Her Agenda: Before creating Emi, what was your professional journey? Where did you start, and what led you to this point?
Aya Takeuchi: I’m from Japan, as are both of my parents. I moved to the U.S. when I was 10 and stayed through college, attending Smith College where I was a psychology major. After college, because my family was in Tokyo, I went back and took a job in investment banking. I was in Japan for four years and really wanted to come back to the U.S., so I returned to pursue my MBA at Harvard where I met my husband. After graduating from Harvard, I got into tech.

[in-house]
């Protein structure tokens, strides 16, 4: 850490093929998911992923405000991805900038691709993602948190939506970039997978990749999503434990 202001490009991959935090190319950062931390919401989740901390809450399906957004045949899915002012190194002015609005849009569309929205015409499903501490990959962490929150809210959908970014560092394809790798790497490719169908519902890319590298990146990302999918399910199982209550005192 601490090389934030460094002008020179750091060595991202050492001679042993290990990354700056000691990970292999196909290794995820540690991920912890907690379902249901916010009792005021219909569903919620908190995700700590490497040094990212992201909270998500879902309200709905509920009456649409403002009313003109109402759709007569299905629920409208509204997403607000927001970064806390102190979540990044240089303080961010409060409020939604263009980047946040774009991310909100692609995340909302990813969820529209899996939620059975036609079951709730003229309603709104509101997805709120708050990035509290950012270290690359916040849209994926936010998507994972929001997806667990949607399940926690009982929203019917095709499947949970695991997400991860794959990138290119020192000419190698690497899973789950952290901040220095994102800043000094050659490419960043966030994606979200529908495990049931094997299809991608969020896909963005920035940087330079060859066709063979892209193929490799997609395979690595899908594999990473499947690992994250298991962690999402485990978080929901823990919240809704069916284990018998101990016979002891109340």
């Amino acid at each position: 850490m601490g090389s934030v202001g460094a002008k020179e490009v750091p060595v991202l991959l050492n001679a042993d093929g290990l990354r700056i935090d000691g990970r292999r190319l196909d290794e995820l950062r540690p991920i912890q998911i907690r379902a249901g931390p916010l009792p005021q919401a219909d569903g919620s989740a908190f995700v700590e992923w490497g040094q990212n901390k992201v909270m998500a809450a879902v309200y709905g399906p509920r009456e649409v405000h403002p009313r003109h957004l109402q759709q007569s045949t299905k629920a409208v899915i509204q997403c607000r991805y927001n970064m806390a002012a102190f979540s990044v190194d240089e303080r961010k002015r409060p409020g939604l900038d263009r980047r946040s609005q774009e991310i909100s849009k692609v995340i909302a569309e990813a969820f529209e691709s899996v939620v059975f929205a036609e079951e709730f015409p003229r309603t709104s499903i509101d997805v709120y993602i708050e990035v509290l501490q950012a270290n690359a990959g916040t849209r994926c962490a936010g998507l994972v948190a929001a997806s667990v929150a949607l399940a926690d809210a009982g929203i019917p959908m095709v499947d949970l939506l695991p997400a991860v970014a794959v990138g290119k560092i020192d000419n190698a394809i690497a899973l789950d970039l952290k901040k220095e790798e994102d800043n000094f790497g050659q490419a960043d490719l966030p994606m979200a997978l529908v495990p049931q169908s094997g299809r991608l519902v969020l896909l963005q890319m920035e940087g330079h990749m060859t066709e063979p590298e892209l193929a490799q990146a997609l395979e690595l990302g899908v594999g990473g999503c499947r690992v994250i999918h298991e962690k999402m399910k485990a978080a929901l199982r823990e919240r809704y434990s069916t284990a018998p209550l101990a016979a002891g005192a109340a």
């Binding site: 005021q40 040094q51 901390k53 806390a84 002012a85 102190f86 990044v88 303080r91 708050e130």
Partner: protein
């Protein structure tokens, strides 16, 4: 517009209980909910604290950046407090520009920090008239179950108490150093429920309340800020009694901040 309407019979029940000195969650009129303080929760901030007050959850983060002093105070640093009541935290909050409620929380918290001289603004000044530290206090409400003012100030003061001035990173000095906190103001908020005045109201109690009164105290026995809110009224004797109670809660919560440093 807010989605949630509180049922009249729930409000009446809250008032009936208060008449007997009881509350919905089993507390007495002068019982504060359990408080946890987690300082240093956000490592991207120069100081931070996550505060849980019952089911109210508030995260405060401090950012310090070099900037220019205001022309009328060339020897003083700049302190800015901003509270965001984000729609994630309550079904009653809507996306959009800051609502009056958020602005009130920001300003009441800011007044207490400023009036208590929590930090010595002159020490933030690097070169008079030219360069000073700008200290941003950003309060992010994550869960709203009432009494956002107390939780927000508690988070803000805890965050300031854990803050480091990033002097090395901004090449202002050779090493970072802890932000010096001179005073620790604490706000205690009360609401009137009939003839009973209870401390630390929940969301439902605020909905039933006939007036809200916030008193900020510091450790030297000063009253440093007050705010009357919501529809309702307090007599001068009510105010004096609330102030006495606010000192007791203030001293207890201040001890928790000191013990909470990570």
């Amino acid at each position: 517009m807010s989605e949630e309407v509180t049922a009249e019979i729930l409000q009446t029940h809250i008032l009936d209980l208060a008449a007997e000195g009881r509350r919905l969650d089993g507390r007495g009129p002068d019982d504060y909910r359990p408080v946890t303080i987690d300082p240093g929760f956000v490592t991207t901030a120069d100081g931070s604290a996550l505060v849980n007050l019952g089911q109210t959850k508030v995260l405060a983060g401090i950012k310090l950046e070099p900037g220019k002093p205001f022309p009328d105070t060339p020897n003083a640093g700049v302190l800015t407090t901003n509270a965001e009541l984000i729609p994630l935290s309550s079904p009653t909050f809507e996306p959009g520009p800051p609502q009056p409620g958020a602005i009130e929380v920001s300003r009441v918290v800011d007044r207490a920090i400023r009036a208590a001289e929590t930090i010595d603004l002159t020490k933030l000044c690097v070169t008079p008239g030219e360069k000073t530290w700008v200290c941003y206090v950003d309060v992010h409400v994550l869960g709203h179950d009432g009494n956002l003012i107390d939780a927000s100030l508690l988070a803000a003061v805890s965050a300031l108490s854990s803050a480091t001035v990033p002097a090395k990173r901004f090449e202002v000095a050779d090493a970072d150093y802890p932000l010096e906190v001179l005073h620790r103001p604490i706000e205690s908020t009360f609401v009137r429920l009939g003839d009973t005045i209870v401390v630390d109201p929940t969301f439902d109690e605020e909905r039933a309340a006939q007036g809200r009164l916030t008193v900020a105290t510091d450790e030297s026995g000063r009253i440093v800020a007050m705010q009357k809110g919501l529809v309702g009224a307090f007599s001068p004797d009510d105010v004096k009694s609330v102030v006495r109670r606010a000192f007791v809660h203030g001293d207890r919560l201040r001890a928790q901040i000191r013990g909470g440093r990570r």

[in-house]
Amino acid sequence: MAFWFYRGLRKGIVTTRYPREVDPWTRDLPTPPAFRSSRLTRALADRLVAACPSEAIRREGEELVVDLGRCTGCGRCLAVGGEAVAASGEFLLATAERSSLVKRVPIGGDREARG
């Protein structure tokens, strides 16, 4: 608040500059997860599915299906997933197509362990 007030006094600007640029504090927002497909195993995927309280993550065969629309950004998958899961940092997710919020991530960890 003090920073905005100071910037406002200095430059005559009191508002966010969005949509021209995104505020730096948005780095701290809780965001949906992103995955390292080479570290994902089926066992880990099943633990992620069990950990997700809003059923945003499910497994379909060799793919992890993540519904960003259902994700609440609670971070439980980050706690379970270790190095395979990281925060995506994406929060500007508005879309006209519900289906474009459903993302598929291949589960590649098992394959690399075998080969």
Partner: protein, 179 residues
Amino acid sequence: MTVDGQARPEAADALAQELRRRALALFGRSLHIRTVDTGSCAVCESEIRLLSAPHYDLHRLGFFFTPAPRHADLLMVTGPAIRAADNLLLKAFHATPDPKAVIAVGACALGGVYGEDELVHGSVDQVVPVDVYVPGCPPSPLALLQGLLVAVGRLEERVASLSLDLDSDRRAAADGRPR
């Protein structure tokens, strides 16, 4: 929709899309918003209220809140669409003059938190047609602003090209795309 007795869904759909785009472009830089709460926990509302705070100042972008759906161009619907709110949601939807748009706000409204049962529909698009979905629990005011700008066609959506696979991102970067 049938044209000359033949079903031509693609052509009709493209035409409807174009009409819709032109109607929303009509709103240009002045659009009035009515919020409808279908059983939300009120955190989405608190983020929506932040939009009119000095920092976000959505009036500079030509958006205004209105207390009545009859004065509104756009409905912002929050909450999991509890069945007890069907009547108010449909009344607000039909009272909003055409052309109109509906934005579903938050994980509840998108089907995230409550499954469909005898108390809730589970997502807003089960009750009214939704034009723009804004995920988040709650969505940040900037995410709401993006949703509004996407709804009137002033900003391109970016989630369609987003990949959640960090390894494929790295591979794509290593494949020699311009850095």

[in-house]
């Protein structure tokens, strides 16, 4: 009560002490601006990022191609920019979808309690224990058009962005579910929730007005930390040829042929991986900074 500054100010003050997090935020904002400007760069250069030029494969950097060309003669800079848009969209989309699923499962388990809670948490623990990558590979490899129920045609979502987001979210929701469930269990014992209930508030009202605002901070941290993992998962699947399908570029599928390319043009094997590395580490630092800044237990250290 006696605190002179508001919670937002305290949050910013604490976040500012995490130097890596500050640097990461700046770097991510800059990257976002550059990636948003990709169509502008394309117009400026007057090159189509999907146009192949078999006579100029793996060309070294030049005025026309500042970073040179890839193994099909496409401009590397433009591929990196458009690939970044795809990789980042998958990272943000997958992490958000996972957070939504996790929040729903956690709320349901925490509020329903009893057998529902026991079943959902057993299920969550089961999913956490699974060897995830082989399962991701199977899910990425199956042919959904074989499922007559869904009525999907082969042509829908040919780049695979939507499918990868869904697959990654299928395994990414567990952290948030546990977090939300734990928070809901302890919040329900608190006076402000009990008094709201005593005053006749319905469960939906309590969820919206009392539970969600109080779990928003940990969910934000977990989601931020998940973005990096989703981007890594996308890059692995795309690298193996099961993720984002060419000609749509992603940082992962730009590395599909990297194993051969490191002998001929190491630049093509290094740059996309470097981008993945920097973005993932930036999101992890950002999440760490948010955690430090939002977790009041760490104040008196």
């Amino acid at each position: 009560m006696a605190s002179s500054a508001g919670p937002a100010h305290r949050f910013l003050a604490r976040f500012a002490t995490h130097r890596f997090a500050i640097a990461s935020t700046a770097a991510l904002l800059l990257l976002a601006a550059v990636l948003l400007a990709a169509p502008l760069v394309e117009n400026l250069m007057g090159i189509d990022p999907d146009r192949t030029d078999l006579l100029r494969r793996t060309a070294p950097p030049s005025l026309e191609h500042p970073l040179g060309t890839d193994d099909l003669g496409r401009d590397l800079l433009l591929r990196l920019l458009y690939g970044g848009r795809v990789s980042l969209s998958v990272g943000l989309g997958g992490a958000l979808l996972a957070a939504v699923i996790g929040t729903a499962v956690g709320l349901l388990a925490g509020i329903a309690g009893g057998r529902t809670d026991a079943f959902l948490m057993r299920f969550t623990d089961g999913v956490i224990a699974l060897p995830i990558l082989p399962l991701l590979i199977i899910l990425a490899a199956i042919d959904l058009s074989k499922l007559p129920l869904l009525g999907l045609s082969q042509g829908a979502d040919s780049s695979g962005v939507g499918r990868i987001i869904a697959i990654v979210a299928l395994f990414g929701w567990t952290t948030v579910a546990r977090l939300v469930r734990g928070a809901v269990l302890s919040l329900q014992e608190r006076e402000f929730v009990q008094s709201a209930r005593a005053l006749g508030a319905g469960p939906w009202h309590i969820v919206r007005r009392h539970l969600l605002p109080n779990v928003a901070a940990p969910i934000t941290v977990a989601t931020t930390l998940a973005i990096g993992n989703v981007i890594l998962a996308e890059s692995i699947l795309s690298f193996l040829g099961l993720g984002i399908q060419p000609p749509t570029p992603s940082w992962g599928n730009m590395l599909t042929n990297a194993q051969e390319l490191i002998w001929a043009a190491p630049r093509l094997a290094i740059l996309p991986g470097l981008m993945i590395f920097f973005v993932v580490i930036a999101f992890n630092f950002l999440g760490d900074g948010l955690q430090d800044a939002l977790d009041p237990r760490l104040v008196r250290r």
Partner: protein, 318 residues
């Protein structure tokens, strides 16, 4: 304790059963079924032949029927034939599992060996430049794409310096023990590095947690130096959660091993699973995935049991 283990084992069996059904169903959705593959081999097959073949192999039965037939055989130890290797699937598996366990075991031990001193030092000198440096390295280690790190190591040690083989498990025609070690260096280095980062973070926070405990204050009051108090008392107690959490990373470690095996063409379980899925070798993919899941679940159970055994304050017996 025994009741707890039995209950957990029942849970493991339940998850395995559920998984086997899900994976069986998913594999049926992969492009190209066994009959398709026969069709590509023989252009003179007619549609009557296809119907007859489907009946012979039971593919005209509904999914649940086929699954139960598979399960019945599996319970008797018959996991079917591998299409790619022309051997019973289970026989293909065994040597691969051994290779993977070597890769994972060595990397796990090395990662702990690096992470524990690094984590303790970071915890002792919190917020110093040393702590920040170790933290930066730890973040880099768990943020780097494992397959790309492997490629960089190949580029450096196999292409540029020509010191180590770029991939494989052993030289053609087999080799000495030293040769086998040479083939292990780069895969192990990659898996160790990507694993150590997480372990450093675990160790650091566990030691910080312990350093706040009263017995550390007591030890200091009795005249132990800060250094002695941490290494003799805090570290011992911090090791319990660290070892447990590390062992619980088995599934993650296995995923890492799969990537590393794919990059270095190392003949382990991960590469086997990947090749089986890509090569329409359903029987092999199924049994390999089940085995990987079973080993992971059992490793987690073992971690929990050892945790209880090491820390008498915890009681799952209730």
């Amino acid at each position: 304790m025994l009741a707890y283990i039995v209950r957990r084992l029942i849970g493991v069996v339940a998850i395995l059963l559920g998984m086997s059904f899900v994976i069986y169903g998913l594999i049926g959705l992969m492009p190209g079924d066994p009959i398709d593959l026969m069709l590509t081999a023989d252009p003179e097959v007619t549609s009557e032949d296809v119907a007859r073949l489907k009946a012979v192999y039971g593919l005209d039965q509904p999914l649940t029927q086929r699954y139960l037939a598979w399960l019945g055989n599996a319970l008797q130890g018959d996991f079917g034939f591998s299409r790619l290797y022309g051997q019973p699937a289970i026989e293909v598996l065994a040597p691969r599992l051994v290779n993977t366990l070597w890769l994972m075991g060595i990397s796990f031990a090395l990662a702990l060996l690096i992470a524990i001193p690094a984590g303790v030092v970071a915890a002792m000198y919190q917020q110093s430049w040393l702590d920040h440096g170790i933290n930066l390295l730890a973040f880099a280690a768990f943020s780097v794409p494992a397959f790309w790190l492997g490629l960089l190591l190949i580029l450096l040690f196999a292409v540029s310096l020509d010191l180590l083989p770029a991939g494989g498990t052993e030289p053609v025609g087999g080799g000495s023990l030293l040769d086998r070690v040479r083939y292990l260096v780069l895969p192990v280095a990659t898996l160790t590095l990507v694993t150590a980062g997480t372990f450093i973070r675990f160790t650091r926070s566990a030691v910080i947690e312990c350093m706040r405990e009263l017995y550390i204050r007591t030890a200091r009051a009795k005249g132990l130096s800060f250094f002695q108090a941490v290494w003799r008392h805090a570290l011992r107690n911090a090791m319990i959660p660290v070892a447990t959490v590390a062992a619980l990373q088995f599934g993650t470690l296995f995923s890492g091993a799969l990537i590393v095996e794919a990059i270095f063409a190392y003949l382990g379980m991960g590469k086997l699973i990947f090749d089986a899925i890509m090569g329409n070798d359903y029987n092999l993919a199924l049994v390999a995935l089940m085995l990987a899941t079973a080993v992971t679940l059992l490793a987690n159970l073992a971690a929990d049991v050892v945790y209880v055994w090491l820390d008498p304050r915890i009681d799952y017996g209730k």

I first started as a product manager at Amazon in 2006. Then I learned that Amazon wanted to launch their fashion category in Japan. Being 26, I knew this would be a great opportunity to move back to Japan and help this launch in the country I grew up in. So, I went back. This whole time I was still dating my, now, husband while he was working in the Bay Area. In order for us to be together, I came back to the U.S. and joined Walmart with the e-commerce group as a product manager where I worked on international launches in Japan and Canada. We got married during that time. With him being a Caucasian man from Canada, I felt it was really important for him to learn more about my culture and background. So, we decided to both quit our jobs and move back to Tokyo. We lived there for 3.5 years, where I worked for Mixi, a Japanese social network, leading their business side. We had our first child there and then decided to come back to the U.S. where I worked with Trusper (now Musely), a consumer lifestyle app where I also led the business side. Around then I started wondering about starting a business in an area that I felt passionate about. Then, I had my twin girls and life got busy. So, I started thinking about the needs in my life. My husband and I were both busy all the time, exhausted by 8pm, sitting on opposite ends of the couch. It was a good life, but we felt we could do a little bit more in our relationship. That’s where Emi started.